While wandering Iceland in 1998, I met William Short, an award-winning acoustic engineer who documented his ten-year study of medieval martial arts in the excellent Viking Weapons and Combat Techniques (which I wrote about here.) An increasingly familiar face to Icelandic scholars and reenactors alike, Bill has written a second book, Icelanders in the Viking Age: The People of the Sagas, a terrific introduction for would-be saga readers who haven’t been sure where to start.

A few years ago, Neville Tencer of British Columbia wrote to me from out of the blue to see what I knew about the Via Francigena, the old Frankish pilgrimage route to Rome. (Alas, I knew little.) Neville and his partner, Julie Burk, laced up their boots and hoofed it through the Alps, documenting their travels in An Italian Odyssey: One Couple’s Culinary and Cultural Pilgrimage. This news video about their journey makes me want to follow in their footsteps, undaunted by the reviewer who praised the book for telling “the grubby truth about pilgrimage.”

I’ve never met Bill Peschel, but I do read his blog, and I suspect he’s too modest to hype the fact that his book Writers Gone Wild: The Feuds, Frolics, and Follies of Literature’s Great Adventurers, Drunkards, Lovers, Iconoclasts, and Misanthropes went on sale this week. The book looks like a fun peek into the libertine side of literary history, and I love that Bill has posted the book’s ideal soundtrack on the New York Times “Paper Cuts” blog. Black 47, Lou Reed, and Peter Gabriel—what’s not to like?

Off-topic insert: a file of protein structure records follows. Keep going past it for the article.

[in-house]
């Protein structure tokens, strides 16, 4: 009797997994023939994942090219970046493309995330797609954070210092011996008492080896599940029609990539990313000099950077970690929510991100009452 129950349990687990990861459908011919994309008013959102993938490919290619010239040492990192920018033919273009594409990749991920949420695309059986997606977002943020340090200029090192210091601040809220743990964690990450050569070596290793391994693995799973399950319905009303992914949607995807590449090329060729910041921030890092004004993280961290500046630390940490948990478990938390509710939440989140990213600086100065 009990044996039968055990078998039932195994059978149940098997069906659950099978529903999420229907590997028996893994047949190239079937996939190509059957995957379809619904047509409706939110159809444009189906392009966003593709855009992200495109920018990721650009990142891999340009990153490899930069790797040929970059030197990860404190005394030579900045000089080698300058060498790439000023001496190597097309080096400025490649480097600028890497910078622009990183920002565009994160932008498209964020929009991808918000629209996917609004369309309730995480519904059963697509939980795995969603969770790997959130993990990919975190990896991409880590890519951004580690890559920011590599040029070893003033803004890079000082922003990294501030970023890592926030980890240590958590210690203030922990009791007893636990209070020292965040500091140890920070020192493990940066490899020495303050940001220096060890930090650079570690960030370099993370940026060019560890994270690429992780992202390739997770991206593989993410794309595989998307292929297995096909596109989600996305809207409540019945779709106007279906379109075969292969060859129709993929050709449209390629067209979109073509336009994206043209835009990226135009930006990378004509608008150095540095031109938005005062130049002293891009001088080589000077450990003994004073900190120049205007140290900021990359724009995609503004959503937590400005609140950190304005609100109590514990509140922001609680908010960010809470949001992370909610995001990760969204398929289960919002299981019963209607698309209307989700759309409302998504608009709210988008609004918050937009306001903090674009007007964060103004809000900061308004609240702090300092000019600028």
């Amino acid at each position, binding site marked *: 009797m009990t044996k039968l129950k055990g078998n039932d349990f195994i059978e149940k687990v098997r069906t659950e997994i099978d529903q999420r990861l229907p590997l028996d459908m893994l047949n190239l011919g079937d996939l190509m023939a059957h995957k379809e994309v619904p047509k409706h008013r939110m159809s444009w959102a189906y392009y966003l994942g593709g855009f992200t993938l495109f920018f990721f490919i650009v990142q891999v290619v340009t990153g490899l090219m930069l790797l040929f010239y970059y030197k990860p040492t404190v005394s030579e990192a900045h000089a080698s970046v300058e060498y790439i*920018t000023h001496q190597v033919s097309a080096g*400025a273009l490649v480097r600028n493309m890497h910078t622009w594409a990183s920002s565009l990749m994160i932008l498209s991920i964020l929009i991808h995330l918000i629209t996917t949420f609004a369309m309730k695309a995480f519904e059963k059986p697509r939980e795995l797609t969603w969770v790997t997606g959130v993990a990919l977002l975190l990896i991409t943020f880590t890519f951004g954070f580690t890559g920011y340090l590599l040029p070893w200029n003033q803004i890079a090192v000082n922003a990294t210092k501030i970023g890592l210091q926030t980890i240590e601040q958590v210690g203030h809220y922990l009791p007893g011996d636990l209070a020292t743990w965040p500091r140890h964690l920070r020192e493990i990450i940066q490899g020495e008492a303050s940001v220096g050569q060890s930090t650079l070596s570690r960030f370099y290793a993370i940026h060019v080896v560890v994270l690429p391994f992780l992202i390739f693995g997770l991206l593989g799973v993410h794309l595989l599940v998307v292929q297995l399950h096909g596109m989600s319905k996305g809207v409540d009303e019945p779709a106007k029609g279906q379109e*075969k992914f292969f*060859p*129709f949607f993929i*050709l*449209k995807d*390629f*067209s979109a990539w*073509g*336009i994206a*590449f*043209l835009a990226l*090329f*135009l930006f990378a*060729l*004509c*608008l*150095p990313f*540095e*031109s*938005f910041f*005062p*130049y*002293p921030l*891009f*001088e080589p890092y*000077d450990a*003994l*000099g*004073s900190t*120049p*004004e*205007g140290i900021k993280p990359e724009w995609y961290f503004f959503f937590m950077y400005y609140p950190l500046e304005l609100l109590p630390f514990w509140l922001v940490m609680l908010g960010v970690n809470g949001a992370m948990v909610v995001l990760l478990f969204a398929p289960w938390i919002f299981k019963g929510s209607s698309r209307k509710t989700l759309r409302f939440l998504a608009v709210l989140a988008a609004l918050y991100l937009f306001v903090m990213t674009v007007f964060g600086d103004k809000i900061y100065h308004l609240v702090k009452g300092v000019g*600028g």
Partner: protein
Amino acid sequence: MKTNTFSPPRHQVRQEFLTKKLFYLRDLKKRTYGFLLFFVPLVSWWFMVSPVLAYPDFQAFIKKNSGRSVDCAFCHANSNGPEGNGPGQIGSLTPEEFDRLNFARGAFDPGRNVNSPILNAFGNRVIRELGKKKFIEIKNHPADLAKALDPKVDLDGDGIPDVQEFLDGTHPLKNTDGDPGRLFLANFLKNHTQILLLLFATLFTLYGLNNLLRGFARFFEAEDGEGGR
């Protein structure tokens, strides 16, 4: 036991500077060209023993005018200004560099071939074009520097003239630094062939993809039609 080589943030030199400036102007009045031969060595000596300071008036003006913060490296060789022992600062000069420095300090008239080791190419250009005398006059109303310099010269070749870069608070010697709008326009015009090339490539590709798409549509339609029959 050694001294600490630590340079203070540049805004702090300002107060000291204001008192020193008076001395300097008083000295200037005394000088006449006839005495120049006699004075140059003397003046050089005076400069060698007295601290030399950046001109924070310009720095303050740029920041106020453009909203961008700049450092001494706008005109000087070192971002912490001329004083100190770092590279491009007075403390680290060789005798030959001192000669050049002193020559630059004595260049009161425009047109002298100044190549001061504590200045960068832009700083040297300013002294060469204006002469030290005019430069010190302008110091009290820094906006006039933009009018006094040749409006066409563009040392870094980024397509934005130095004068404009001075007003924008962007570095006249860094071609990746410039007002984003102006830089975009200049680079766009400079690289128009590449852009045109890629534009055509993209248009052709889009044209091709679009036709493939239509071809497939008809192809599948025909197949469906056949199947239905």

“Look, I must have a star on my door…”

No sun—no moon!
No morn—no noon—

No dawn—no dusk—no proper time of day—
No sky—no earthly view—
No distance looking blue—
No road—no street—no “t’other side the way”—
No end to any Row—
No indications where the Crescents go—
No top to any steeple—
No recognitions of familiar people—
No courtesies for showing ’em—
No knowing ’em!
No traveling at all—no locomotion—
No inkling of the way—no notion—
“No go”—by land or ocean—
No mail—no post—
No news from any foreign coast—
No Park—no Ring—no afternoon gentility—
No company—no nobility—
No warmth, no cheerfulness, no healthful ease,
No comfortable feel in any member—
No shade, no shine, no butterflies, no bees,
No fruits, no flowers, no leaves, no birds—

Thomas Hood (1799-1845)